The Dangers of Hypoxic Training and Risks of Shallow Water Blackout


Be Safe: The Dangers of Hypoxic Training and Risks of Shallow Water Blackout

Because safety is always a priority in the sport, Swimming World is re-running this piece from its archive that discusses the dangers of hypoxic training and shallow-water blackout.

By Kristy Kinzer, Swimming World College Intern

Swim parents are used to the daily grind of carpooling their kids to practice, entrusting them to the care of well-meaning coaches for a few hours, then waiting for their dawdling, hot-shower-loving athlete to emerge from the natatorium in one piece. Sometimes they’re laughing with teammates and sometimes they’re beat from a challenging practice.

The morbid thought that their child may never come back out of the pool back into their loving care is out of the question, right? The coaches overseeing practice are CPR/AED and lifeguard certified, have years of swimming experience under their belts, and couldn’t possibly allow one of their beloved athletes, who is usually no more than a few inches from the surface of the water, to drown.

These athletes are swimmers after all, so they have the least chance of drowning than most of the population. Unfortunately, this is not the case for all families. An under-reported accident called hypoxic blackout, aka shallow water blackout, can have debilitating and fatal consequences for those who are training for competition or free swimmers alike.

Brenton Tse Photography

Photo Courtesy: Brenton Tse

Many swimmers jokingly use the phrase “water is my oxygen” due to the countless hours they spend at practice. One cannot breathe water, of course, and little scientific backing exists to prove any significant athletic improvement with hypoxic swim sets. Others credit the head-down position practiced during hypoxic sets for decreased water resistance thus leading to faster times. Never mind Nathan Adrian’s gold medal at the 2012 Olympics in the 100-meter freestyle where he breathed every other stroke until the last few meters, proving that you can be the best in the world and use oxygen to your advantage.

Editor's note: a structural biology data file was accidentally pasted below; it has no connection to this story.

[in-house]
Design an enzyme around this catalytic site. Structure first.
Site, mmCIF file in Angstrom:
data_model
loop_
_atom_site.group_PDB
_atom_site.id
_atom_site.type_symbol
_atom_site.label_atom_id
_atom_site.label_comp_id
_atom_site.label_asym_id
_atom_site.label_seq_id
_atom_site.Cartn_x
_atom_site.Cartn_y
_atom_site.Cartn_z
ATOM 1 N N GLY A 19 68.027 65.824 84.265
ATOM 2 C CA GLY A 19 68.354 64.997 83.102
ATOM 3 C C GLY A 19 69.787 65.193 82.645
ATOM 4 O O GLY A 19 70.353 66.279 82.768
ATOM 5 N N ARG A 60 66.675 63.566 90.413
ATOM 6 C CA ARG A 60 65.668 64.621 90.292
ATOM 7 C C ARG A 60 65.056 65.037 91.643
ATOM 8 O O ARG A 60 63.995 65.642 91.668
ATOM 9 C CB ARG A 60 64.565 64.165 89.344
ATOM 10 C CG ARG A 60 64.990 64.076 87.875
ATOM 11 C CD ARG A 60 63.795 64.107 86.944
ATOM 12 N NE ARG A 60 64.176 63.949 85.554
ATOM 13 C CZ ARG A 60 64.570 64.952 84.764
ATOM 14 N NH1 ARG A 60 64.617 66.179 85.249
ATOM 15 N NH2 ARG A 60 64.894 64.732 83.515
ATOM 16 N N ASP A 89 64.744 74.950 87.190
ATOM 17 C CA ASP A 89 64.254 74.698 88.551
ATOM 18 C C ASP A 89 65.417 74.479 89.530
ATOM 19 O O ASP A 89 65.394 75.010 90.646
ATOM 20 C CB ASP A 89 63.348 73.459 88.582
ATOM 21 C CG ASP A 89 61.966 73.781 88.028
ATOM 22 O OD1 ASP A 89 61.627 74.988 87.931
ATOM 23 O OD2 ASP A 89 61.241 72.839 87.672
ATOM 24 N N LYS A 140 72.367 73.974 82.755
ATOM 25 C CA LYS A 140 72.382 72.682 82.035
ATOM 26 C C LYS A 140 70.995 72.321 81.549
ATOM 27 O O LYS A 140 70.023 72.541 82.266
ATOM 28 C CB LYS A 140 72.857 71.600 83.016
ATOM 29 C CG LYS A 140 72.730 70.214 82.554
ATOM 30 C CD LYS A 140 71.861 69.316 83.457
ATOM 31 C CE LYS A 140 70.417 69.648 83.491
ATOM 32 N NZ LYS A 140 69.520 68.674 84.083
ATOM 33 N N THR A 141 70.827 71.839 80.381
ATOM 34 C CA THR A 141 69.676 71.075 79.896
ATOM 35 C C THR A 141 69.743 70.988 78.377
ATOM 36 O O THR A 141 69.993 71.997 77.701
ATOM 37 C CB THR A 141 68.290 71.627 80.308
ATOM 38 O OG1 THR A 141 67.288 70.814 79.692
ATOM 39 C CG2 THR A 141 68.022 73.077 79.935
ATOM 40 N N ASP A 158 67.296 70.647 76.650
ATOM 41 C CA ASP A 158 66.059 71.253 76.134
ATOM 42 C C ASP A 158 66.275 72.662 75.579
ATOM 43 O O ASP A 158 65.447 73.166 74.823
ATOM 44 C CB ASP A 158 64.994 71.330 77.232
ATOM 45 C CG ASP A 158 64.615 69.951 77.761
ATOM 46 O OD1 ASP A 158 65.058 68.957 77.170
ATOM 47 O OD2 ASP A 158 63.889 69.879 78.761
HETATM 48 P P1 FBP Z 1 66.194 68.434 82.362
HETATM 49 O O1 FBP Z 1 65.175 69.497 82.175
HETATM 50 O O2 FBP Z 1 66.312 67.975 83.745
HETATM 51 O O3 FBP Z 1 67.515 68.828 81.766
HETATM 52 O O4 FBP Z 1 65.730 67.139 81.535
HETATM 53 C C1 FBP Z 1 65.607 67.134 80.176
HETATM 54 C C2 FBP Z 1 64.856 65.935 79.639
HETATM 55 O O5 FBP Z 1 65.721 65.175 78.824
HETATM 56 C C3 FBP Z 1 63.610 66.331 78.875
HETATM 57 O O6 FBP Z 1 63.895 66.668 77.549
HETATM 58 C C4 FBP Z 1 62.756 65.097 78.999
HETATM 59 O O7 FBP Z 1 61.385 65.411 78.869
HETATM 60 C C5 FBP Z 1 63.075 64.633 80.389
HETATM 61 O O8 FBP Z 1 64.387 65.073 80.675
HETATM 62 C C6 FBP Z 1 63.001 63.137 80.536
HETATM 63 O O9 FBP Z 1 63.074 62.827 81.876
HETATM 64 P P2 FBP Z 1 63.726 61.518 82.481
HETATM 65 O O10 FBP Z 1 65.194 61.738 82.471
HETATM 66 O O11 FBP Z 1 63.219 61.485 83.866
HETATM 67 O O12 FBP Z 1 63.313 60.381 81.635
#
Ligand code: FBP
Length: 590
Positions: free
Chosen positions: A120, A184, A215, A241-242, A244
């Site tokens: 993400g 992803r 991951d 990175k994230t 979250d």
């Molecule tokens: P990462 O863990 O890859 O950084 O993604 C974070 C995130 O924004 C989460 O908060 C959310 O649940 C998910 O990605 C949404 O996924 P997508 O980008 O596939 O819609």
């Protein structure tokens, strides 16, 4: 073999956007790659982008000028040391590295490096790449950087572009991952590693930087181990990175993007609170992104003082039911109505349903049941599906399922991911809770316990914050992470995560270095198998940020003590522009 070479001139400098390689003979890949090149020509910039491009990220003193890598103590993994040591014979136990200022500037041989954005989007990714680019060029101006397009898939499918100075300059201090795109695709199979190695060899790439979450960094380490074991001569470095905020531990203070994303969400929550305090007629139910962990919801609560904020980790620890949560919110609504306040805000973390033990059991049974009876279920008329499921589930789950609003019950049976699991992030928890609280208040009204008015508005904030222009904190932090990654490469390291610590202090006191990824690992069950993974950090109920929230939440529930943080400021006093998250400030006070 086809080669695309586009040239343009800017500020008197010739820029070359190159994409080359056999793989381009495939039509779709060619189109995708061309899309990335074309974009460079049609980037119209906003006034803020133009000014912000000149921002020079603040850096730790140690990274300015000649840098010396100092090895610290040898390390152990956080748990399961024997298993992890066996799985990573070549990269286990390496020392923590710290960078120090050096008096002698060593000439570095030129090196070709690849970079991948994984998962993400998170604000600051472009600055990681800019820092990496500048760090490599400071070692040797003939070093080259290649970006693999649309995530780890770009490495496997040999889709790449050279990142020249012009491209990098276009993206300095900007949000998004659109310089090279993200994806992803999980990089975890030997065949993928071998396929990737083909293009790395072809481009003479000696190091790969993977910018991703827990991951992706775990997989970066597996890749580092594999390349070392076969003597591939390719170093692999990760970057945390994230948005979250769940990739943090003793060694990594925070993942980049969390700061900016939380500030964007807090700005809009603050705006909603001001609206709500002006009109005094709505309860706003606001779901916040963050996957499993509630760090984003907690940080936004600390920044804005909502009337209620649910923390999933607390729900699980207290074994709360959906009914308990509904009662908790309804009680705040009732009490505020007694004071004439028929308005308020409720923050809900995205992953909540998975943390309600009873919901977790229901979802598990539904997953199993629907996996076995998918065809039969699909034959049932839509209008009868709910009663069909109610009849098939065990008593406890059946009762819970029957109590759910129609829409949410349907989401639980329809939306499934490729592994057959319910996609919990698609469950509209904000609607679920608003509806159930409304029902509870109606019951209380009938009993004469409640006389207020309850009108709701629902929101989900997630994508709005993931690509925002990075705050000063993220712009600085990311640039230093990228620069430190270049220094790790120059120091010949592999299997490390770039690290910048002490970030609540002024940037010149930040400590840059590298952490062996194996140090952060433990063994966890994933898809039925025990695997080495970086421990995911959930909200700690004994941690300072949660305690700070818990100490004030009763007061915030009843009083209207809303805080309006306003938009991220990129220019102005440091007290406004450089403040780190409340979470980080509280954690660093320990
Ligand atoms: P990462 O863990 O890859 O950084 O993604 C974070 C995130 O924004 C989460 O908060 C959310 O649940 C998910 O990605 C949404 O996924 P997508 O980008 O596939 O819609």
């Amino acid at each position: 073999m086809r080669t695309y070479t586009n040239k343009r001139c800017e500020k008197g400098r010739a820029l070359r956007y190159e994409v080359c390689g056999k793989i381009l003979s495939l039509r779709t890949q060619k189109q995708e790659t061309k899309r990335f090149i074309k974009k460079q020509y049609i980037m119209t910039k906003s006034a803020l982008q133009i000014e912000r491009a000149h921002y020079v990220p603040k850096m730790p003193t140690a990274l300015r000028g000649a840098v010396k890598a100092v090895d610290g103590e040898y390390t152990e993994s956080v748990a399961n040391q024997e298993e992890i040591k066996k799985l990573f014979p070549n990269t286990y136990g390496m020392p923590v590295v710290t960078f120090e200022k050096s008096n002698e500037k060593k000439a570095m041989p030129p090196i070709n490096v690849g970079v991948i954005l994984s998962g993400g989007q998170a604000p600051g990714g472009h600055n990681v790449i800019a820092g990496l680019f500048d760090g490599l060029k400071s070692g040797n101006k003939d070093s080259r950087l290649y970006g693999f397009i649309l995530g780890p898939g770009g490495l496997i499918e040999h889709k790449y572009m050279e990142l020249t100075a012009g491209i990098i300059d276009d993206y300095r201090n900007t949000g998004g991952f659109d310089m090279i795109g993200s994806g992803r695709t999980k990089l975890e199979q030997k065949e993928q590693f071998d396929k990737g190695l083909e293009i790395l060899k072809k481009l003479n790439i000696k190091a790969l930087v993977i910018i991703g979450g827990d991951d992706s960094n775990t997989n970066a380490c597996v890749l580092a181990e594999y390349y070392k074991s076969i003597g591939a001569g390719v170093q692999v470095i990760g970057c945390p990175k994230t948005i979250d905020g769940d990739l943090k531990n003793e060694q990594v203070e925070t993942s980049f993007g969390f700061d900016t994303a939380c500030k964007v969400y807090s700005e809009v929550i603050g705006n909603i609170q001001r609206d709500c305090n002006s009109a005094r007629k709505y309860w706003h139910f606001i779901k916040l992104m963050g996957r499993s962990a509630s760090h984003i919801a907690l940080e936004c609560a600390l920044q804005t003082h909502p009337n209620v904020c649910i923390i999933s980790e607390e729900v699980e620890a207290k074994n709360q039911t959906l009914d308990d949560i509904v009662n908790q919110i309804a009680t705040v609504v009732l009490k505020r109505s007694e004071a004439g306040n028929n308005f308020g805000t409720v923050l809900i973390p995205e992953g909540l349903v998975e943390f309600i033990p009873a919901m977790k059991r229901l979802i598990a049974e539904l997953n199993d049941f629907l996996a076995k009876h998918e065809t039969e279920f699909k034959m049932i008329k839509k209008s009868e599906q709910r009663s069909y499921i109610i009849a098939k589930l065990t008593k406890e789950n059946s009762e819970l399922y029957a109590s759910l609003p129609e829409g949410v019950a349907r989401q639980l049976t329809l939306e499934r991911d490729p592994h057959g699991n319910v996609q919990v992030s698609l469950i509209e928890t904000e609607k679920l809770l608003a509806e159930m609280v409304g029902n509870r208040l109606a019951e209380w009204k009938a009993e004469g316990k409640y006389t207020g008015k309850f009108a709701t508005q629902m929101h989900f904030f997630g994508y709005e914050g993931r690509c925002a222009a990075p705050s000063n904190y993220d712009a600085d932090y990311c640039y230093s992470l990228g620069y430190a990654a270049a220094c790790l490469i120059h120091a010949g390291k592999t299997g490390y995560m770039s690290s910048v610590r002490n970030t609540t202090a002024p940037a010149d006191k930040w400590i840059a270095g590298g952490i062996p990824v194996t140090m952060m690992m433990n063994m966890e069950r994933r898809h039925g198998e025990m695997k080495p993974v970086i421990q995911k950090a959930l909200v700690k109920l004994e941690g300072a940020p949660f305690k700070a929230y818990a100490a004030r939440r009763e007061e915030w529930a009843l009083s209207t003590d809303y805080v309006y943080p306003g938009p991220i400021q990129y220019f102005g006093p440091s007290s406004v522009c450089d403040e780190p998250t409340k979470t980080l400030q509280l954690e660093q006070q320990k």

The Physiology Behind Blackouts

Shallow Water Blackout1

Photo Courtesy: Aquatics International

The key to preventing hypoxic blackouts is getting to the root cause of how athletes faint when exposed to breath-limiting, high stress practices. The body’s autonomic nervous system controls our breathing at an unconscious level and bases your need to breathe on the balance of oxygen and carbon dioxide (CO2).

A build-up of CO2 in the body signals the response to exhale the toxic build-up of CO2 and bring in fresh oxygen to nourish our vital organs and muscles; however, when CO2 levels are relatively low due to hyperventilation, whether intentional or from a difficult practice, our brain loses the ability to signal to take a breath. It thinks we don’t have enough waste product built up to require a breath, when in reality, our body needs that breath of air to survive.

Without adequate oxygenation, the brain will start to shut down and the swimmer will lose consciousness. It can take only about two and a half minutes to experience brain damage and death as opposed to the recognized six to eight minutes with a “normal” drowning submersion due to the body’s already oxygen-deprived state and the warmth of the pool water. The Shallow Water Blackout Prevention website, created by medical doctor and mother of a blackout victim Rhonda Dawes Milner, gives in-depth detail of the physiological process and tips to prevent hypoxic blackout.

The Scope of the Issue

According to the Center of Disease Control (CDC), nearly 10 people die each day from unintentional drowning and it ranks fifth among the leading causes of unintentional injury death in the United States. Those statistics may be easy to gloss over, but these are all very preventable deaths and include those who spend many of their waking hours trying to improve their swimming abilities. Ironically, most shallow-water blackout victims were experienced and highly competitive swimmers, free divers, Navy Seals, and spear fishermen. No one is immune to passing out in the water.